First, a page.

A new study which has just been published by the American Medical Association in its journal Pediatrics has revealed that children younger than 5 years with COVID-19 do have the potential to spread the dangerous virus. The authors say that their latest findings should be taken into consideration in conversations around the safety of reopening schools.
In the study, researchers from the Ann & Robert H Lurie Children’s Hospital in Chicago analysed swab samples from 145 people with mild to moderate COVID-19 illness within the first week they started showing symptoms.
They then compared the viral load in three age groups: children younger than 5 years, children 5-17 years and adults 18-65 years, and discovered that the youngest children carried up to 100 times more of the genetic material for the virus in their noses compared to older children and adults.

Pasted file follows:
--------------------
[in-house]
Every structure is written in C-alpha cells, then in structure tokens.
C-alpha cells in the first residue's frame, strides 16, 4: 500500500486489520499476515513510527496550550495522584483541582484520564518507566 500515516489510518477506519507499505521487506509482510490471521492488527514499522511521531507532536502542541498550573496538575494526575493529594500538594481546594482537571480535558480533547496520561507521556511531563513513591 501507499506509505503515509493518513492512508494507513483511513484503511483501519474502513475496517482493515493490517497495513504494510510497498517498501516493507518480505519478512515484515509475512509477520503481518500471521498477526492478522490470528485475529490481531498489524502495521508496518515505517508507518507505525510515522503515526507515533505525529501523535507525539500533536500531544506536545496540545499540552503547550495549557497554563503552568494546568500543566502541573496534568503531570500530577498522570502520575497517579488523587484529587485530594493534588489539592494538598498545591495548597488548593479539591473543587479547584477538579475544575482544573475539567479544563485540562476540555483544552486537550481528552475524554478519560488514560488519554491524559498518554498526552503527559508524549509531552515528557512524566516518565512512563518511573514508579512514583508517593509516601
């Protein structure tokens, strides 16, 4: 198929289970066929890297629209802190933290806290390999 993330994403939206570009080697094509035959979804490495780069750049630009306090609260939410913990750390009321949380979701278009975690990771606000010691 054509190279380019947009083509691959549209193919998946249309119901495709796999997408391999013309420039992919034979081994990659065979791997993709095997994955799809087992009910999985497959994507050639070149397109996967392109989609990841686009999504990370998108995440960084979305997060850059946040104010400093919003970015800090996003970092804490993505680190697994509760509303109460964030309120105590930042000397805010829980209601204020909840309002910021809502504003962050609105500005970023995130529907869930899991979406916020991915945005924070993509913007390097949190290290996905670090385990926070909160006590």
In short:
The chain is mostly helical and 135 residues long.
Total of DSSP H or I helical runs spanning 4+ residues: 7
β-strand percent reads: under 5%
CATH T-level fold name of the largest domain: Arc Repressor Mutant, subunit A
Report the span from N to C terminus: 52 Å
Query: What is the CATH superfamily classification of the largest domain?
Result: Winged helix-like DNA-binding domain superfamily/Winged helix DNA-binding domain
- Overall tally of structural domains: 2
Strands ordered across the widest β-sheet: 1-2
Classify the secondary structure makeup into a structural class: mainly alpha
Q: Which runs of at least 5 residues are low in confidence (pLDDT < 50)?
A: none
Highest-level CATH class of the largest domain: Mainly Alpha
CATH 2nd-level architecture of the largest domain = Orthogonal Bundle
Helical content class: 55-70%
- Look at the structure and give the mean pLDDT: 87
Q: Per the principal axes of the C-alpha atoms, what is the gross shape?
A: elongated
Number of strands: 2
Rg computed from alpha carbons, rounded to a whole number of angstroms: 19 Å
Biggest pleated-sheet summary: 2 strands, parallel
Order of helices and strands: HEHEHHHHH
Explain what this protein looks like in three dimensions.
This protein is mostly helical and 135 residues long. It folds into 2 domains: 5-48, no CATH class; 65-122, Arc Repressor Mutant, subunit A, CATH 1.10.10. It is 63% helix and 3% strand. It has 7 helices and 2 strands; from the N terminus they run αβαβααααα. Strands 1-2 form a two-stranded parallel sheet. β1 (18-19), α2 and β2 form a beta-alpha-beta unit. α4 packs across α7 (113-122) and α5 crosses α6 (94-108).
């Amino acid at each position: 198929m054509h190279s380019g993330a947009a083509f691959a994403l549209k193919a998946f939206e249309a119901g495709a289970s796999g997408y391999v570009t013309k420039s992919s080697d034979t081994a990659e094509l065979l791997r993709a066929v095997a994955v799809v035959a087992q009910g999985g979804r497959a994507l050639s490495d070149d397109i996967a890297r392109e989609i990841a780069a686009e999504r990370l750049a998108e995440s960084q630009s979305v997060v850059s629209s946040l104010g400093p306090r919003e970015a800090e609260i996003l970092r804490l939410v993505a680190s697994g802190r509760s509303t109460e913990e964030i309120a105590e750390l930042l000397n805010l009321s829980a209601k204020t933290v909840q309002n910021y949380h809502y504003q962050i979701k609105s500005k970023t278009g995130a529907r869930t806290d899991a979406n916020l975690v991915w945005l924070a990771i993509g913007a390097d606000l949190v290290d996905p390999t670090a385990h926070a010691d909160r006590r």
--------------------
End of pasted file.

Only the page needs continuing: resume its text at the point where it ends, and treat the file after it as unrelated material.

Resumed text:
“Our study was not designed to prove that younger children spread COVID-19 as much as adults, but that it’s a possibility,” said lead author Dr Taylor Heald-Sargent, a paediatric infectious diseases specialist at Lurie’s Children’s Hospital and assistant professor of Pediatrics at Northwestern University Feinberg School of Medicine, in his report.
He added that “young children can potentially be important drivers of SARS-CoV-2 spread in the general population, as has been demonstrated with respiratory syncytial virus (RSV), where children with high viral loads are more likely to transmit.” And this, he said, needed to be taken into account to help contain the spread of the virus in communities.
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